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Azerbaijan Seeks to Control Cameras for European Games

A crescent moon rises over the Old City walls of Baku in January 2008. With the first European Games about three weeks away from the opening ceremony, police and security guards are prohibiting locals from snapping photos of the historic neighborhood on the city’s Caspian Sea coast. (Photo: Dean C.K. Cox)

Like any host, Azerbaijan is trying to spruce up the capital Baku in advance of the inaugural European Games in late June. Authorities, for example, are calling on citizens to keep jalopies off the streets of the capital while the games are being staged. But one new rule is striking Baku residents as excessive: officials are prohibiting locals from taking photos in Baku’s historic Old Town.
 
In this sprawling city of over 2 million, the Old Town is a throwback to a quieter time, featuring narrow, cobblestone streets, a 15th-century palace and the Maiden Tower, a 30-meter-high stone structure and city landmark. It is the domain of carpet sellers, tourists and energy companies.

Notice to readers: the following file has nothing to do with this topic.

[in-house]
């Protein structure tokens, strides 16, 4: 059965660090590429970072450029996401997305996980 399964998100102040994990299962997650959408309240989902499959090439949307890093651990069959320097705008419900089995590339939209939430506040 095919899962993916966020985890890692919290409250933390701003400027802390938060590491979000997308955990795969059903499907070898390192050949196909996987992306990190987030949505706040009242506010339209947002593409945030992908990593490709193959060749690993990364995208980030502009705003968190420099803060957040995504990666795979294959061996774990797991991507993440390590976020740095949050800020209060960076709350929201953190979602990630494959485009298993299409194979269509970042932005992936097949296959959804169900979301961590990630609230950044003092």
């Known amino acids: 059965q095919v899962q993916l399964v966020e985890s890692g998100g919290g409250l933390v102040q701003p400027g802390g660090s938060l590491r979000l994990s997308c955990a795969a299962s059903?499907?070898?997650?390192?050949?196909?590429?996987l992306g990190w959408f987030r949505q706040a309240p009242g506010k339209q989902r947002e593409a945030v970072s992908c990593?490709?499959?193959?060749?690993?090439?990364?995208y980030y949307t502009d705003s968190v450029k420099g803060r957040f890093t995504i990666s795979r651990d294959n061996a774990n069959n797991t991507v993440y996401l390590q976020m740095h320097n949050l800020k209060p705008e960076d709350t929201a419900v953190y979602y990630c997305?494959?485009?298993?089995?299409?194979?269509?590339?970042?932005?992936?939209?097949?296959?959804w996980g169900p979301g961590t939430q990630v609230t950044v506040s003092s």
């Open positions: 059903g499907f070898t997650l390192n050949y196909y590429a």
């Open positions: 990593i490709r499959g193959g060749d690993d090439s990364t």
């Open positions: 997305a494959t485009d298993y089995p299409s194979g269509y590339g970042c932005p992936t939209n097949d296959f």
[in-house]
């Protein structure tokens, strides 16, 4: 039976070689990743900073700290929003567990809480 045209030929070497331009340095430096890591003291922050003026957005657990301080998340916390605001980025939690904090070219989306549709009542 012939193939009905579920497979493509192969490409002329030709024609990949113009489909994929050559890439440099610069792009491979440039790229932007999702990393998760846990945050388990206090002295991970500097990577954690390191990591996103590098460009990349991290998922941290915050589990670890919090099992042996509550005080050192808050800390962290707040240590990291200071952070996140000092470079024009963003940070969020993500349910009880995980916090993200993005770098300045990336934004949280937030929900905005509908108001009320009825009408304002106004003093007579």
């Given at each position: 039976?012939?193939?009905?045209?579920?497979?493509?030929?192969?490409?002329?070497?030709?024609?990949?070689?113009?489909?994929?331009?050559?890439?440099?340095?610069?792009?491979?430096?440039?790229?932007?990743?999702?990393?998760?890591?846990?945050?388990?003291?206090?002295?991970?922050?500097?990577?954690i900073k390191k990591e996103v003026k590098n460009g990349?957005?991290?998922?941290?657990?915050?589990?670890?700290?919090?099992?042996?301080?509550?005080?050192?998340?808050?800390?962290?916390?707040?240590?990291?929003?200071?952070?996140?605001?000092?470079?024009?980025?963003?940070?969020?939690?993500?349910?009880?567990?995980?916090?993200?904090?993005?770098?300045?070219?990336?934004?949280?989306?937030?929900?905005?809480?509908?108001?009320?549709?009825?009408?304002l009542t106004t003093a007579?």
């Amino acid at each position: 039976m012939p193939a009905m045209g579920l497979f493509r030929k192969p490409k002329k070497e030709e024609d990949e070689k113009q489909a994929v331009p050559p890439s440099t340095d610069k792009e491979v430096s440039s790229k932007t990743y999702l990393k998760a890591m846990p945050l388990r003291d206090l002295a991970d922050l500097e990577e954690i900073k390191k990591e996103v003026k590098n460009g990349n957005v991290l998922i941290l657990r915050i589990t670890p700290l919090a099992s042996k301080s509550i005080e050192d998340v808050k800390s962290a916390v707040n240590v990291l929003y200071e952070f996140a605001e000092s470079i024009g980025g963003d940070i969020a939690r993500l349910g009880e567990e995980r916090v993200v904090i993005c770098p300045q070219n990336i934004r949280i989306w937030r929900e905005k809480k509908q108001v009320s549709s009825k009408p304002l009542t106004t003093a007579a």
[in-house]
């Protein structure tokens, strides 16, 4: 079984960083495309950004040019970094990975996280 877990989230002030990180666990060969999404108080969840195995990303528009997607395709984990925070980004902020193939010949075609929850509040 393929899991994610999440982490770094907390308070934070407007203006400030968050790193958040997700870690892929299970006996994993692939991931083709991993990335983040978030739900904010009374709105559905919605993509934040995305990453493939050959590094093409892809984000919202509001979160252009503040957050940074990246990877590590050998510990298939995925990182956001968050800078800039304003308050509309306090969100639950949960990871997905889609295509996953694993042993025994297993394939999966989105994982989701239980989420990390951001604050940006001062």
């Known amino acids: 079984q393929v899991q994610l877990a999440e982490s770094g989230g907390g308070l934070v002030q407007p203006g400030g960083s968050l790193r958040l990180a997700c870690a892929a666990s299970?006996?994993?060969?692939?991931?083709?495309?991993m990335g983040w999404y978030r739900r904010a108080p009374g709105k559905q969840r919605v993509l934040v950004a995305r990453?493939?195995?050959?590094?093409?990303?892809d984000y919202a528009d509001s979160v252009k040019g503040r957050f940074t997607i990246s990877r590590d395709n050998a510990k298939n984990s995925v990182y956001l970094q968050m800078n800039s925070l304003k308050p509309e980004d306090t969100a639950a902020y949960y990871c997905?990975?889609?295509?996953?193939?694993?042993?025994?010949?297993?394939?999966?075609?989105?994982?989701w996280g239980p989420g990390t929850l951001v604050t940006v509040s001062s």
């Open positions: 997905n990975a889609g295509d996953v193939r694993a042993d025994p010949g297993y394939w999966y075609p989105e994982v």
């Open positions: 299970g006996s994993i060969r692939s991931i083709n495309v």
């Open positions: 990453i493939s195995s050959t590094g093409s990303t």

Officially, there is no rule barring photography. Nonetheless, for unclear reasons, police and security guards are taking action to prevent locals from snapping photos. The enforcement of the de facto ban has left some Baku residents confused and exasperated. “I was born and have grown up in this city and I am not allowed to take a picture of its most beautiful part,” complained one 29-year-old Azerbaijani man, Anar Gurbanov, who was walking through the Old Town last month.

To read the full story

Lamiya Adilgizi is a freelance Azerbaijani reporter. 

Azerbaijan Seeks to Control Cameras for European Games

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